Budgeting for Success

Indiana Gov. Mike Pence told the Downtown Evansville Kiwanis Club on Jan. 31 that Indiana is poised for an era of growth and opportunity.

“We are the fiscal envy of the country,” he said to a supportive audience at Casino Aztar. “(We are) one of only nine states in America that has a AAA bond rating. And we have the largest budget surplus in our state’s history.”

While in the Tri-State, Pence also visited Vuteq, a Toyota supplier in Gibson County that is planning a $4.3 million plant expansion and the addition of up to 93 jobs.

The governor also spent time on the campus of the University of Southern Indiana.

But it was at the Downtown Kiwanis Club that Pence outlined his proposed jobs budget, which he will present to the General Assembly.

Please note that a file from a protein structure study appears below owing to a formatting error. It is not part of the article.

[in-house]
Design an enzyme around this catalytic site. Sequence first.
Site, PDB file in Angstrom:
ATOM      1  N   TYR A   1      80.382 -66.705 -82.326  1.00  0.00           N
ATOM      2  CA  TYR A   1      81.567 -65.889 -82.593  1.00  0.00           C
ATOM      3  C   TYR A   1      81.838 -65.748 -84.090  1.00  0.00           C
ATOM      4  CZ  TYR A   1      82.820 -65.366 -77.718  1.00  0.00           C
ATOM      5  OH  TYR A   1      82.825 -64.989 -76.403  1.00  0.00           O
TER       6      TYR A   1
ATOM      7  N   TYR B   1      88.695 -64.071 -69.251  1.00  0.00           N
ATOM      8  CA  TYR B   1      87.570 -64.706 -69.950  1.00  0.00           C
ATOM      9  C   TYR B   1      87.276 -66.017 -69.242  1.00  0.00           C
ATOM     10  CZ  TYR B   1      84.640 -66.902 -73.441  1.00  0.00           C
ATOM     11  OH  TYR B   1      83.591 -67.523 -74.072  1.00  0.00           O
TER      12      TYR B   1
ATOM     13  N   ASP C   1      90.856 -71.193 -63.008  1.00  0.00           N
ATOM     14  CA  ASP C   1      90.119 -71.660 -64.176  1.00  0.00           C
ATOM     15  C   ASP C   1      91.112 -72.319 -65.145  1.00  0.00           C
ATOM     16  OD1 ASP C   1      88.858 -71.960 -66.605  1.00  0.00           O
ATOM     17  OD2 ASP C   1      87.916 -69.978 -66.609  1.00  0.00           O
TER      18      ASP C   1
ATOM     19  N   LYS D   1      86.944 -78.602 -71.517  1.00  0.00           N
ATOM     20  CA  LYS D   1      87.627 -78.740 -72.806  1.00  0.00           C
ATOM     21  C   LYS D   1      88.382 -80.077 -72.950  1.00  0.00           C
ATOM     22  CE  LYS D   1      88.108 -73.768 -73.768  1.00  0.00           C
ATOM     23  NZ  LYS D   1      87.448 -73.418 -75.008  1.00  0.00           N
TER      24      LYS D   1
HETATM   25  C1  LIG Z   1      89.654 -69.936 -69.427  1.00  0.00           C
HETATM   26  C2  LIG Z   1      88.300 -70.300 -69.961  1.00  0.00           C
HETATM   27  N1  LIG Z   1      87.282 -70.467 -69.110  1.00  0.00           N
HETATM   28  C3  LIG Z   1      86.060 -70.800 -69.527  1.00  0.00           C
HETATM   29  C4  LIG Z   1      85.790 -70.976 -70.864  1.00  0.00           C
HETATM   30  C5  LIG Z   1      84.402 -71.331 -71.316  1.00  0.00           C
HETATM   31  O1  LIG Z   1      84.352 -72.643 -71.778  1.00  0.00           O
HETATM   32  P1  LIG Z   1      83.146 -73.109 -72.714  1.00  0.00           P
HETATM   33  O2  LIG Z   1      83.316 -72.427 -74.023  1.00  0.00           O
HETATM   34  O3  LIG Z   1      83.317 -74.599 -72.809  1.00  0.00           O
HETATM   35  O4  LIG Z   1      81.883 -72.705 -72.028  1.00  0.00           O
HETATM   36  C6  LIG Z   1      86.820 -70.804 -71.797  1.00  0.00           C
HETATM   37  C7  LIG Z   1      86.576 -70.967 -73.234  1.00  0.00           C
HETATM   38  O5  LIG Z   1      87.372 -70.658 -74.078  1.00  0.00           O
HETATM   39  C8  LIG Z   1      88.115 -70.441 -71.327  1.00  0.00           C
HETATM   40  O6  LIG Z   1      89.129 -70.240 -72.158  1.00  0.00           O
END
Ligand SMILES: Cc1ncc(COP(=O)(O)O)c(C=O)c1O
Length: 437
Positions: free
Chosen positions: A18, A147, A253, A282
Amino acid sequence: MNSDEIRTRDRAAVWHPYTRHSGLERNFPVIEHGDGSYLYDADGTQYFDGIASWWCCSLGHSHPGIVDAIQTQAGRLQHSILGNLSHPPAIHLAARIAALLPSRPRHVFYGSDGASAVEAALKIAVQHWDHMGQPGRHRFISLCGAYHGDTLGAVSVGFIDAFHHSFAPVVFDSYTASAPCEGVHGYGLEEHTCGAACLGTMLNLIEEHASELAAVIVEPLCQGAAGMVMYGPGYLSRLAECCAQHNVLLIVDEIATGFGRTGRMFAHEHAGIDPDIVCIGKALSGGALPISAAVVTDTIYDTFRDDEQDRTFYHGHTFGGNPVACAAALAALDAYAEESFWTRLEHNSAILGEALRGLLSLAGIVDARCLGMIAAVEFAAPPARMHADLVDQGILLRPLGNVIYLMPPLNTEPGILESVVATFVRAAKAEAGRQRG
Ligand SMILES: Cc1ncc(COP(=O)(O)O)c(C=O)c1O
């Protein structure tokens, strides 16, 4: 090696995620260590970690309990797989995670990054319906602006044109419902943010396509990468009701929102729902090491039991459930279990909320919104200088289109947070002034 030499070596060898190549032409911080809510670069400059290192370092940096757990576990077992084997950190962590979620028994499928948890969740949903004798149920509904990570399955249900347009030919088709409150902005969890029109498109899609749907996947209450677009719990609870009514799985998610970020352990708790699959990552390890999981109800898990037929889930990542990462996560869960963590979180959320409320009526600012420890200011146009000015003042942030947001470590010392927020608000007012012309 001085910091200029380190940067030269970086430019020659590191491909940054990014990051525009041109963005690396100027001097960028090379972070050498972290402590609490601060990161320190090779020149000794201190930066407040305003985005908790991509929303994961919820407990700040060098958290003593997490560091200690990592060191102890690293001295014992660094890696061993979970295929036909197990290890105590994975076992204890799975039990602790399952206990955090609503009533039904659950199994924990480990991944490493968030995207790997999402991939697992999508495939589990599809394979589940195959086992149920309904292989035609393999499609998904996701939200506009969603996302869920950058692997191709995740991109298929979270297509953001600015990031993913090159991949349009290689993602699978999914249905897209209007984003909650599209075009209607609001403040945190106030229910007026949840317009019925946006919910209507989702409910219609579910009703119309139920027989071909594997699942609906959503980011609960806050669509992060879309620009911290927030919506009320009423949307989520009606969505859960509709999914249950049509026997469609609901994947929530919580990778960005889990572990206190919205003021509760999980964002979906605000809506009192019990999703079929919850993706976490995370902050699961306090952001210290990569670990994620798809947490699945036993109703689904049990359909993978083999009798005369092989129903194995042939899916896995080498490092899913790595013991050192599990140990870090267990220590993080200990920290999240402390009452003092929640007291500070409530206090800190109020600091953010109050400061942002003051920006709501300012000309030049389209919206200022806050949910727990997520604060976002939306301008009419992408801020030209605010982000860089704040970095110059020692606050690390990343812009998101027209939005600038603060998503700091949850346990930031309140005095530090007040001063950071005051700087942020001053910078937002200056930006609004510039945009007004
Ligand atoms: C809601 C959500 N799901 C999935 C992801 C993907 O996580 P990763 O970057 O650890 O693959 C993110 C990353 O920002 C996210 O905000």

The budget includes a 10 percent cut across the board in personal income tax rates for workers and small businesses. This tax relief, his office says, would put more than $500 million a year directly back into the Hoosier economy.

Pence’s proposed budget also directs 64 percent of its funds toward education. It provides a 1 percent increase for K-12 schools, colleges, and universities in each of the next two fiscal years.

Pence said his proposed budget would work to address the needs of 250,000 out-of-work residents and a number of schools that lag behind.

He says a stable balance sheet is the surest foundation for economic growth. The state must keep spending growth below the inflation rate, Pence said.

“Our budget is honestly balanced,” he said. “We hold the line on spending, we fund our priorities, we build our reserves, and we let hardworking Hoosiers keep more of what they earn.”

Pence originally planned to speak at the Downtown Kiwanis Club on Jan. 24. The trip was his first scheduled visit to an Indiana service organization after his Jan. 14 inauguration. However, he canceled his speech when his wife underwent emergency gall bladder surgery. Karen Pence has since recovered.

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